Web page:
18th Sunday in Ordinary Time, Year A.
Isaiah 55:1-3 – Romans 8:35, 37-39 – Matthew 14:13-21.
Sometimes, when we turn on the news, we hear distressing reports of famine. Not only do we hear of people starving, suffering and dying of hunger, but also about people who do not have safe water to drink, or who lack other basic needs. We feel the need to offer help, and usually we do; but often the magnitude of the problem is just so great that we shake our heads and ask ourselves, “What can I do? I can’t change the world. I am just one person among so many.” Well, let us reflect on the word of God today which is given to us specifically to satisfy our hunger for God’s guidance in the context of all such calamities. Has God abandoned great swathes of people to suffering while we sit back and do nothing? No. So how can we go about tackling the lack of basic human needs for so many people in the world?
The word of God today is about God who feeds the hungry and quenches thirst; God, who would not abandon us to go hungry, thirsty, to feel alone, dejected, and abandoned in life. He does not charge us a fee for anything: He gives freely without exception to all those who come to Him in their need.
In the first reading, He invites us to come to Him and to have all we can to eat and drink without paying. In the gospel reading, Jesus demonstrated the veracity of that with the Feeding of the 5000. He fed each one of them so that they had their fill. He fed all those people who listened to Him, and He didn’t allow them to go hungry either physically or spiritually in their need. He urges us, like them, to listen to Him so that we might have life.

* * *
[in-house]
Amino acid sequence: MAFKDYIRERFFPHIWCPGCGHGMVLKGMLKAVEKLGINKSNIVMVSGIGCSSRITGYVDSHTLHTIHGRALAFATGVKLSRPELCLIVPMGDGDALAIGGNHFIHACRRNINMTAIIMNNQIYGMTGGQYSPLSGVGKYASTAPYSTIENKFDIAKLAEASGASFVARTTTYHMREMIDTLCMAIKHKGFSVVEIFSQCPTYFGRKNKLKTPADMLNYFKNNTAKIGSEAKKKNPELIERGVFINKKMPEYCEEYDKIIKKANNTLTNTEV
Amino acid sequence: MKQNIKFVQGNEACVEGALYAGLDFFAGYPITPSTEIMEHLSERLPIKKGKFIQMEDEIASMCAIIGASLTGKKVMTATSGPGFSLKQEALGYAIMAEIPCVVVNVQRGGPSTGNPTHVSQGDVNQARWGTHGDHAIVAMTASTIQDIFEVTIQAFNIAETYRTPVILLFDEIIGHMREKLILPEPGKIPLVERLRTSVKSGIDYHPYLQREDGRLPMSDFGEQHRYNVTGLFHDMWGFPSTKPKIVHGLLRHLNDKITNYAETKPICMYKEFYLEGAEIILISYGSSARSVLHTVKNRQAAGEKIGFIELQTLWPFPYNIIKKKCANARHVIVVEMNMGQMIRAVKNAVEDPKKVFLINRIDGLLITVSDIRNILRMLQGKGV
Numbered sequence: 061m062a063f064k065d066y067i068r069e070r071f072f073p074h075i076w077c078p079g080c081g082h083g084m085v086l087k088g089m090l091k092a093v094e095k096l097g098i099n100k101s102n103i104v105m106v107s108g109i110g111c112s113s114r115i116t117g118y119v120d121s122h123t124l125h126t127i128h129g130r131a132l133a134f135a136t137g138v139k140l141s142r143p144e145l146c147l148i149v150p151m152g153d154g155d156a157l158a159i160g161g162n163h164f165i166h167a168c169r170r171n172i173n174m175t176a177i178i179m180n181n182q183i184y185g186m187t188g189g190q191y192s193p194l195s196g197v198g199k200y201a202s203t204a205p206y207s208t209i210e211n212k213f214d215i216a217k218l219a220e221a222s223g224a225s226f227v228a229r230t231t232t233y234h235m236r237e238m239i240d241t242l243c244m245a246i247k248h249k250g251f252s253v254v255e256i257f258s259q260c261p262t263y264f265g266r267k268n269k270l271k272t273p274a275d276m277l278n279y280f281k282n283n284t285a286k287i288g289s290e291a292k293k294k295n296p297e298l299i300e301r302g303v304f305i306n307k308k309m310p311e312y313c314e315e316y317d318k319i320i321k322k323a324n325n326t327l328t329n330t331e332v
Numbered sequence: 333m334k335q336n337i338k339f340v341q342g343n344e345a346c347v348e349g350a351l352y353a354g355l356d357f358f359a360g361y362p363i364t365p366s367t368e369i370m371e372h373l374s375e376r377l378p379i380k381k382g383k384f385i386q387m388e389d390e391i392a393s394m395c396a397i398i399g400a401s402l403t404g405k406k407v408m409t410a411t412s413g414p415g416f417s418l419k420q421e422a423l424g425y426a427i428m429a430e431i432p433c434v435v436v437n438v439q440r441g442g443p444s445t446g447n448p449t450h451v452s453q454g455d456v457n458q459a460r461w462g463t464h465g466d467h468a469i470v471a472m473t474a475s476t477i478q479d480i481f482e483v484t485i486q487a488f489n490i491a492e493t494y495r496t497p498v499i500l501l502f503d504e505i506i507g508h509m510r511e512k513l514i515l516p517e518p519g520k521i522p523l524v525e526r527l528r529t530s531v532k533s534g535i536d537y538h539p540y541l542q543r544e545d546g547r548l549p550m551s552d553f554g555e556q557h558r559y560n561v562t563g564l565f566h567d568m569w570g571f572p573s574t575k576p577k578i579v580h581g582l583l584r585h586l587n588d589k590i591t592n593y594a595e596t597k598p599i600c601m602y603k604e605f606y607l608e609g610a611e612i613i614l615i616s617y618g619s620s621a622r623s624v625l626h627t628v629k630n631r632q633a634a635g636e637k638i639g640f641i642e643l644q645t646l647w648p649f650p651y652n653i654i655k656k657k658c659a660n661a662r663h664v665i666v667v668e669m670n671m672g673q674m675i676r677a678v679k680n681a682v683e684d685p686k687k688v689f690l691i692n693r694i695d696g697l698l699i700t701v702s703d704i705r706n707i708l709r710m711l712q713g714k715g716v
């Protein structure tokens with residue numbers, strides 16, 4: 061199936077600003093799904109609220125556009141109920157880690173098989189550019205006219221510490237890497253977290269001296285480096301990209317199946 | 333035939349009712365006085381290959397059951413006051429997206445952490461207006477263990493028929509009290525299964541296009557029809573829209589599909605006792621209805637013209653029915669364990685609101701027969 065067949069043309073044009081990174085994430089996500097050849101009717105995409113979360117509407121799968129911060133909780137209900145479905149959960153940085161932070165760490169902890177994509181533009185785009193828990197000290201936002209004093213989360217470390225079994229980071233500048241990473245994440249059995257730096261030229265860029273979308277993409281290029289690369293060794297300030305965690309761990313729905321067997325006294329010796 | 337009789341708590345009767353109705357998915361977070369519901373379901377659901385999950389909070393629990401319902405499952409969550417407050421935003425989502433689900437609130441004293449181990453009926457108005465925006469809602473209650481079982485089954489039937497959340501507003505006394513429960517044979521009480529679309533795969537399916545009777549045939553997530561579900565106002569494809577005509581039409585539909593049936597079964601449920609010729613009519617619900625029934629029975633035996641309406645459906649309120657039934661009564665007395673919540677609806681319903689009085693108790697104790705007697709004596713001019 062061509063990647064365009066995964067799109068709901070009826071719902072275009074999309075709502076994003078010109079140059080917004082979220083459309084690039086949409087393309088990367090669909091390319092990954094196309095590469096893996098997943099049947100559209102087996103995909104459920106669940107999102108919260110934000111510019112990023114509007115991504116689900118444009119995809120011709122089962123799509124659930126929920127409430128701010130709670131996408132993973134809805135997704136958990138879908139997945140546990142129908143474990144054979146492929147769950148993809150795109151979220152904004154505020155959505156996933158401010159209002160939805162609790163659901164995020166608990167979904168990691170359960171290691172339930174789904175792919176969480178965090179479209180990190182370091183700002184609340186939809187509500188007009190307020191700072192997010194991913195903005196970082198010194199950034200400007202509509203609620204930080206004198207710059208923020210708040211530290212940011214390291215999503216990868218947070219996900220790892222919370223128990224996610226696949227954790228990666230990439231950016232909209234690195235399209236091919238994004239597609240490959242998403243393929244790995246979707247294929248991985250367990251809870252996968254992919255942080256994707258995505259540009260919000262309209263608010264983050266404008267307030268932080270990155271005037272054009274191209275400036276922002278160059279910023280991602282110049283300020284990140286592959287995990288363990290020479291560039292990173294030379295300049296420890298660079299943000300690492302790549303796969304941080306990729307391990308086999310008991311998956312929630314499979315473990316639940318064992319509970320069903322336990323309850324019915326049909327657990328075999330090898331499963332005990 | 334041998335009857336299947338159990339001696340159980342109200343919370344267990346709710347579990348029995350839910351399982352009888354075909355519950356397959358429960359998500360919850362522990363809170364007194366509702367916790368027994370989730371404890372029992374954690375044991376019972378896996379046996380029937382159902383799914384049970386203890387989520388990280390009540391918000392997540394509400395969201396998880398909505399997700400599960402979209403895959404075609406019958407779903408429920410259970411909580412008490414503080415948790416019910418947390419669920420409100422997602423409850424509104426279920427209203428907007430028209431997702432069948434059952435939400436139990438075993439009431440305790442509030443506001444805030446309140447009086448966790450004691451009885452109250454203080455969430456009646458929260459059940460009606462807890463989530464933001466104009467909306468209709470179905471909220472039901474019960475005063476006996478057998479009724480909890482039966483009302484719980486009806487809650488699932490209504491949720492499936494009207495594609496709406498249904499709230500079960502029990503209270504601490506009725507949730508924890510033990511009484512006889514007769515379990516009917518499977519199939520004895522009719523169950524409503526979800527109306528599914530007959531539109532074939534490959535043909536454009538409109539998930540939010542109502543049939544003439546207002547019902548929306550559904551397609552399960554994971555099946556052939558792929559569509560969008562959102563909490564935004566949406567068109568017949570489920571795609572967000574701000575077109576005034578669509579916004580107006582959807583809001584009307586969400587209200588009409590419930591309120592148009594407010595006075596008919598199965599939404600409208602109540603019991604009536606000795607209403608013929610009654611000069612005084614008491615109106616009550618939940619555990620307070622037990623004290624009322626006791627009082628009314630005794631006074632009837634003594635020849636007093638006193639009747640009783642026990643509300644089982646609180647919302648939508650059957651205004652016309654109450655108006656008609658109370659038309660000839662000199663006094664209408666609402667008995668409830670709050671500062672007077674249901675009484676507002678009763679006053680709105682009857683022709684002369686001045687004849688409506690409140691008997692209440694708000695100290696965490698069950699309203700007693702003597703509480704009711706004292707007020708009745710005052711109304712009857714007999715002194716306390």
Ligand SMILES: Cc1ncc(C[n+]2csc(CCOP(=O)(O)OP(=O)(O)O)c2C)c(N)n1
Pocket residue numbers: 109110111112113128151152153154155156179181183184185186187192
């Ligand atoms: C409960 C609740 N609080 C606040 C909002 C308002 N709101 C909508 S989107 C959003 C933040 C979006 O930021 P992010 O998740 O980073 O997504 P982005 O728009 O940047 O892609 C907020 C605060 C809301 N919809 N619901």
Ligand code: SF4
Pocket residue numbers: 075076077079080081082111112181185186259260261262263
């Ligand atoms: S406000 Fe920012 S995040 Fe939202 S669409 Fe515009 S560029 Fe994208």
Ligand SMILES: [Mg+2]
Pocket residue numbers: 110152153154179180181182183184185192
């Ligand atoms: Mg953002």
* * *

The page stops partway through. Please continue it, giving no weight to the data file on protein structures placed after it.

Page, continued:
What is this telling us about tackling the problem of hunger in the world?
God takes the lead: God is ever ready to take care of the needy. John 3:16 tells us that “God loved the world so much that He gave His only begotten Son, that whosoever believes in Him will not perish but have eternal life”. Our loving God takes the lead in bringing all those who trust in Him to salvation and satisfaction, to fulfilment and fruitfulness, and so He tells us, “Come to me” (cf. Is. 1:18; Jas 4:8). Jesus took the lead in guiding and providing for the hungry crowd, and God is always doing the same for you and for me – going before us and taking the lead in providing for our human needs, while we follow him within the community of Faith.
Co-operating with Jesus to lead the hungry to satisfaction: Let us consider the part played by the disciples in today’s gospel. They helped Jesus to feed the crowd. They provided the 5 loaves and 2 fish, they sat the people down in groups, they distributed the food and they collected the left-overs. What does this tell us? It tells us that, while humanity is constantly in receipt of Jesus’ generosity, He requires our personal co-operation to help the peoples of the world to benefit from it.
Shying away is people’s first impulse in the face of a huge problem: Faced with the problem of a huge number of hungry people, fed spiritually but not physically, the disciples’ reaction in the first instance was to avoid resolving it themselves. Jesus, however, insisted that they should become involved. If we didn’t have a Christian perspective on everything that touches us in life, we might give in to the temptation to shy away from assisting people in need who cross our path, especially if we think that the little help we could offer would be either insufficient to help them substantially or of no use to them.